For the history and implementation of affirmative action in the U.S., see Affirmative action in the United States.
Affirmative action , known as positive discrimination in the United Kingdom , refers to policies that take factors including "race, color, religion, gender, sexual orientation, or national origin"  into consideration in order to benefit an underrepresented group "in areas of employment, education, and business". 
The term "affirmative action" was first used in the United States in Executive Order 10925 and was signed by President John F.
Kennedy on 6 March 1961; it was used to promote actions that achieve non-discrimination. In 1965, President Lyndon B. Johnson enacted Executive Order 11246 which required government
employers to take "affirmative action" to hire without regard to race, religion and national origin. In 1967, gender was added to the anti-discrimination list.  Comparable procedures in other countries are also known as reservation in India, positive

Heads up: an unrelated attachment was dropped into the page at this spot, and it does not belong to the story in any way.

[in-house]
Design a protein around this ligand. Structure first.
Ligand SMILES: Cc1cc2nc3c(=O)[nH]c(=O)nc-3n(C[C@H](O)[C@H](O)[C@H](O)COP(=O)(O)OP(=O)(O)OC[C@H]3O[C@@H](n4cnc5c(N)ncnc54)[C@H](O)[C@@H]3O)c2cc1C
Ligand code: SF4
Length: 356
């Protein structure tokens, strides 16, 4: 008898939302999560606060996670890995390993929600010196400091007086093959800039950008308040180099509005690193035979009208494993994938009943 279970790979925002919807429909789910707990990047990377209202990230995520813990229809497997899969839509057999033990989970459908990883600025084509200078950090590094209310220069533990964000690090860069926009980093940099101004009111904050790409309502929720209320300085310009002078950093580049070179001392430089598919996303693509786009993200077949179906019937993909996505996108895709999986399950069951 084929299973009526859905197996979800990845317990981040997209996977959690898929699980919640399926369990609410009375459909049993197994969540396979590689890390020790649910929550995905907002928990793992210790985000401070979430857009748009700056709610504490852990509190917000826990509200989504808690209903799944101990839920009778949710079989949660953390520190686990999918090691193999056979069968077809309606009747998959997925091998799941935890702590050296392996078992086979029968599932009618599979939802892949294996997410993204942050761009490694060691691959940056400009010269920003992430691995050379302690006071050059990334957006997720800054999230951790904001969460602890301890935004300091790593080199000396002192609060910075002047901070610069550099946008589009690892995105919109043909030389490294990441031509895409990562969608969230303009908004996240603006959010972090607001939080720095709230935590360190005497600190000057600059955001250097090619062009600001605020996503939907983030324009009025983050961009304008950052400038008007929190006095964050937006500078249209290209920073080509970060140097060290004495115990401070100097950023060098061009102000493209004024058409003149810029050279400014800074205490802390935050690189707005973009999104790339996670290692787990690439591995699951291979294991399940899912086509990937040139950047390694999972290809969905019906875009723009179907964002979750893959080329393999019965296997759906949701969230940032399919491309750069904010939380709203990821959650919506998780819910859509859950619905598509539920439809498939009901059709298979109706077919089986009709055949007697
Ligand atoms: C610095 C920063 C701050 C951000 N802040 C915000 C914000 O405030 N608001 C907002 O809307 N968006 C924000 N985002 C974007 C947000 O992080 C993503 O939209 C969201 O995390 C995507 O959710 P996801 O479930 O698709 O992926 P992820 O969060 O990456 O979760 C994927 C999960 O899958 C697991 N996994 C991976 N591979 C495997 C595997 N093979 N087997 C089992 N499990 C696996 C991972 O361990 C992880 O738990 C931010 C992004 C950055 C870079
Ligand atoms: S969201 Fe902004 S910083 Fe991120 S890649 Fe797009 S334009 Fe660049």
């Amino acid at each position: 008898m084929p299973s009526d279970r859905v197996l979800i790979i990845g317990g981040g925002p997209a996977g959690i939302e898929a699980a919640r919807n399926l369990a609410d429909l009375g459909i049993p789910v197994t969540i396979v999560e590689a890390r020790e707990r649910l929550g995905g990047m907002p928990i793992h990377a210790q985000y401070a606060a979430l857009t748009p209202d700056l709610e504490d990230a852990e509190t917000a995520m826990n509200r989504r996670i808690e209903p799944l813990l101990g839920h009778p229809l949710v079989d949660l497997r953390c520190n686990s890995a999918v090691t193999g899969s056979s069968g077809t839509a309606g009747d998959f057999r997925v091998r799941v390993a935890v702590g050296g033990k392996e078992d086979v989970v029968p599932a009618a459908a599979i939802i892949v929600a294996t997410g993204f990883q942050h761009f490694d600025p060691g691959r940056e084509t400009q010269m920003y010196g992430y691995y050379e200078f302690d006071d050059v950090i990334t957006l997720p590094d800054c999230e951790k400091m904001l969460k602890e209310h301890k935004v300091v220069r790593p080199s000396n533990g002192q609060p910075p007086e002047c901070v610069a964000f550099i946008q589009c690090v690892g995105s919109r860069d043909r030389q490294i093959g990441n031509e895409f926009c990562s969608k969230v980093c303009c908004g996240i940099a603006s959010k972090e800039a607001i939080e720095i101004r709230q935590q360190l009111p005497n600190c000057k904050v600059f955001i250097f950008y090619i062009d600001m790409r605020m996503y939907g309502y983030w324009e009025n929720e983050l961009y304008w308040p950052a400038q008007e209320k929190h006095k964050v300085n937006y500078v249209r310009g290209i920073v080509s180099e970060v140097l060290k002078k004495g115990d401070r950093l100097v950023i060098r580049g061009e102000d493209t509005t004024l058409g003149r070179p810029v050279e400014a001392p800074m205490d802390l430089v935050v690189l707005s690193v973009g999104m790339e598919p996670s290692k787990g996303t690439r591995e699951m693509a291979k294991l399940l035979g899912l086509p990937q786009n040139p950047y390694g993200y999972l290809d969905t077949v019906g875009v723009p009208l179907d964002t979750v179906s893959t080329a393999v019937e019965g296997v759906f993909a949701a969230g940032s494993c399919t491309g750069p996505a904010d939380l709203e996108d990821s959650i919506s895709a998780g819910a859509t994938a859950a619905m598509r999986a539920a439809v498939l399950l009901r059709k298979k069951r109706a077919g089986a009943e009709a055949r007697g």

discrimination in the United Kingdom , and employment equity in Canada.
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Affirmative action is intended to promote the opportunities of defined groups within a society. It is often instituted in government and educational settings to ensure that minority groups within a society are included in all programs. The stated justification for affirmative action by its proponents is that it helps to compensate for past discrimination, persecution or exploitation by the ruling class of a culture,  and to address existing discrimination.  The implementation of affirmative action, especially in the United States, is considered by its proponents to be justified by disparate impact . ↑Jump back a section
Law regarding quotas and affirmative action varies widely from nation to nation. Caste based quotas are used in Reservation in India. However, they are illegal in the United States, where no employer, university, or other entity may...
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